These two lessons were the foundation stones, so to speak, of our Plan A. 

They’re also what called me, Bert, his inner monkey, into being. 

Steve created me to take control of what was a pretty chaotic emotional life.  I set out to do that by doing things like burying his feelings, developing an impressive image (see “Bert’s mask”) and becoming exquisitely oversensitive to the feelings, perceptions and opinions of others. 

I also convinced him to become a social worker.  Which seemed a natural fit to our original Plan.

(To be continued.) 

* * *

Check out my first guest post,

titled “Seven Kinds of Power”  and just published on Breaking the Cycles — Changing the Conversation, a web site devoted to “using 21st century brain and addiction-related research to change how we talk about, treat and/or prevent alcohol and drug abuse, underage drinking, alcoholism, drug addiction, dual diagnosis, DUIs and secondhand drinking/drugging (SHDD)”  (breakingthecycles.com).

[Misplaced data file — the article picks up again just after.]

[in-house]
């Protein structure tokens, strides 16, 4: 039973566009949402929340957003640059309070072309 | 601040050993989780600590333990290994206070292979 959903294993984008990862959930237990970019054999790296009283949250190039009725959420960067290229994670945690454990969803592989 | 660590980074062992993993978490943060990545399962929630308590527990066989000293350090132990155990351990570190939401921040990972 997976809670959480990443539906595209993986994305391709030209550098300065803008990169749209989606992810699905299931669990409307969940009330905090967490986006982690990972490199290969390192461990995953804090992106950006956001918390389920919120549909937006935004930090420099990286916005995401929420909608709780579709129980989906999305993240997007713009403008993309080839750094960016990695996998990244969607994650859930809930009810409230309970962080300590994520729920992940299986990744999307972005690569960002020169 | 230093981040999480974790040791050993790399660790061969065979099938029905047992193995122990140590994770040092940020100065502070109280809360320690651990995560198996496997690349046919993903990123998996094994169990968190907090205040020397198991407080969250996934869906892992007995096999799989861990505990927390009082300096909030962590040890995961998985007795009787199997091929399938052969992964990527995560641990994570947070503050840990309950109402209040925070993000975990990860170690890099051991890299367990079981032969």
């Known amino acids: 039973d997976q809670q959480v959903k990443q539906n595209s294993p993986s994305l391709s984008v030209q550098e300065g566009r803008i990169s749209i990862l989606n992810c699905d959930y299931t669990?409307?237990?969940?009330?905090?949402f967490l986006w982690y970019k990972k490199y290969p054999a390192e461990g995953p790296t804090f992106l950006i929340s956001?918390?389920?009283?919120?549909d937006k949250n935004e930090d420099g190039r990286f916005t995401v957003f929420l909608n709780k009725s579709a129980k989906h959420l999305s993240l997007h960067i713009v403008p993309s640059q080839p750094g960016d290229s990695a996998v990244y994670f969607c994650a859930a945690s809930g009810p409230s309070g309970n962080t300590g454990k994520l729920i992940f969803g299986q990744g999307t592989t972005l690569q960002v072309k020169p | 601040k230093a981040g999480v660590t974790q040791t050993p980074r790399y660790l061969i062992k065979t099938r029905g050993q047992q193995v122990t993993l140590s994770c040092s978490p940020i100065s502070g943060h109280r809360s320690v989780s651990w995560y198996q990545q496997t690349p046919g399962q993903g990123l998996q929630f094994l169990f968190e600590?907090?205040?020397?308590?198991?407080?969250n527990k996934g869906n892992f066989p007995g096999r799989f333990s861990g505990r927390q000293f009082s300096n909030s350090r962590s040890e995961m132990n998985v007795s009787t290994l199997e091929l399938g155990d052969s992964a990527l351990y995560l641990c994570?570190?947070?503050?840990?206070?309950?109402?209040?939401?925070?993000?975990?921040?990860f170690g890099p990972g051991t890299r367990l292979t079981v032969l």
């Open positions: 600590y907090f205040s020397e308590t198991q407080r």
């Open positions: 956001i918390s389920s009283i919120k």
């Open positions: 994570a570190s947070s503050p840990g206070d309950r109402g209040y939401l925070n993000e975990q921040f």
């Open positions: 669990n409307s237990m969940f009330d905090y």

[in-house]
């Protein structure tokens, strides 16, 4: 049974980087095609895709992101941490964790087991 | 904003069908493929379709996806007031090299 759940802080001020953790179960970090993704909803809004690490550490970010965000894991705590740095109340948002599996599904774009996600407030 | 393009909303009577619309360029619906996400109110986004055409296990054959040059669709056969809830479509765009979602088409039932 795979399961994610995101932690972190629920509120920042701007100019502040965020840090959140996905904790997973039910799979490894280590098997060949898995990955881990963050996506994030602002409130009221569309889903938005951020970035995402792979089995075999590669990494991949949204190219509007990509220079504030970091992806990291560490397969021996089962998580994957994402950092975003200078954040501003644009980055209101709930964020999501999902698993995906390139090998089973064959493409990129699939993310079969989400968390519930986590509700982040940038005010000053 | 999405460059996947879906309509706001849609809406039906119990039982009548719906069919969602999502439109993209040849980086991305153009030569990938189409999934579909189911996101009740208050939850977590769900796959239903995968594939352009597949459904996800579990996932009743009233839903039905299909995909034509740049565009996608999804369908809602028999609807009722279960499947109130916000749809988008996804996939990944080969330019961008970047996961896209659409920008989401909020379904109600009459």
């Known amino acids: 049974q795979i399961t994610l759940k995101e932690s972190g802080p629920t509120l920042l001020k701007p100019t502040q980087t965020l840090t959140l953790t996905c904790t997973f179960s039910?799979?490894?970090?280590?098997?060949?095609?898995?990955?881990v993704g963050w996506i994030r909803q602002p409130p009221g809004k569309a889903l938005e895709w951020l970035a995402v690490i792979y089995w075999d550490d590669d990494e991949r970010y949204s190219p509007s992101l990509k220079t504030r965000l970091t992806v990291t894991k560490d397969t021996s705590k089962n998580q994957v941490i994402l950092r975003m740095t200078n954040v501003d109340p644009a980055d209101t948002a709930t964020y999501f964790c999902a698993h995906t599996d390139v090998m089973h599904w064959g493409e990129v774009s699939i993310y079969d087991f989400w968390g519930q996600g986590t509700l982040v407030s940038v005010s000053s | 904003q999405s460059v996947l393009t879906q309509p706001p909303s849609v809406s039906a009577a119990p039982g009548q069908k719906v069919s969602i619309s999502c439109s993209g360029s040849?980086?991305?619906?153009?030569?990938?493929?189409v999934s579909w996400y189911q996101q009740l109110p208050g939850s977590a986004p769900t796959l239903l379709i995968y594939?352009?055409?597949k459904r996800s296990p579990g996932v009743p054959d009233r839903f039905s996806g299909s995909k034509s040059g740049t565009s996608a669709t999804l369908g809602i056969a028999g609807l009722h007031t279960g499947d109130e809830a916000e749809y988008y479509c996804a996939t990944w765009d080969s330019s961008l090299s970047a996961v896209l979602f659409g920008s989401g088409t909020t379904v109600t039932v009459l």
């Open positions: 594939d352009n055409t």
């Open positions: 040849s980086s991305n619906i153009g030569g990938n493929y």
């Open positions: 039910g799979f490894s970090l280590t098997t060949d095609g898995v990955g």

* * *

And:

Don’t forget to answer the new Bert Poll question.

We need you to educate us.  🙂   

 

 


21 responses to “Bert’s Plan A

  • Phyllis

    Hi Steve & Bert, This was really good. I am not sure which one of you is smarter, but, you make a really good writting team. Thanks.. Phyllis

  • Charles

    I’m really enjoying the blog. Thanks a lot!

  • fritzfreud

    Thanks to you, Charles. Bert appreciates the encouragment. 🙂

  • Linda R.

    Too bad life/parenting don’t come with a manual… Then again, what fun would that be???!!!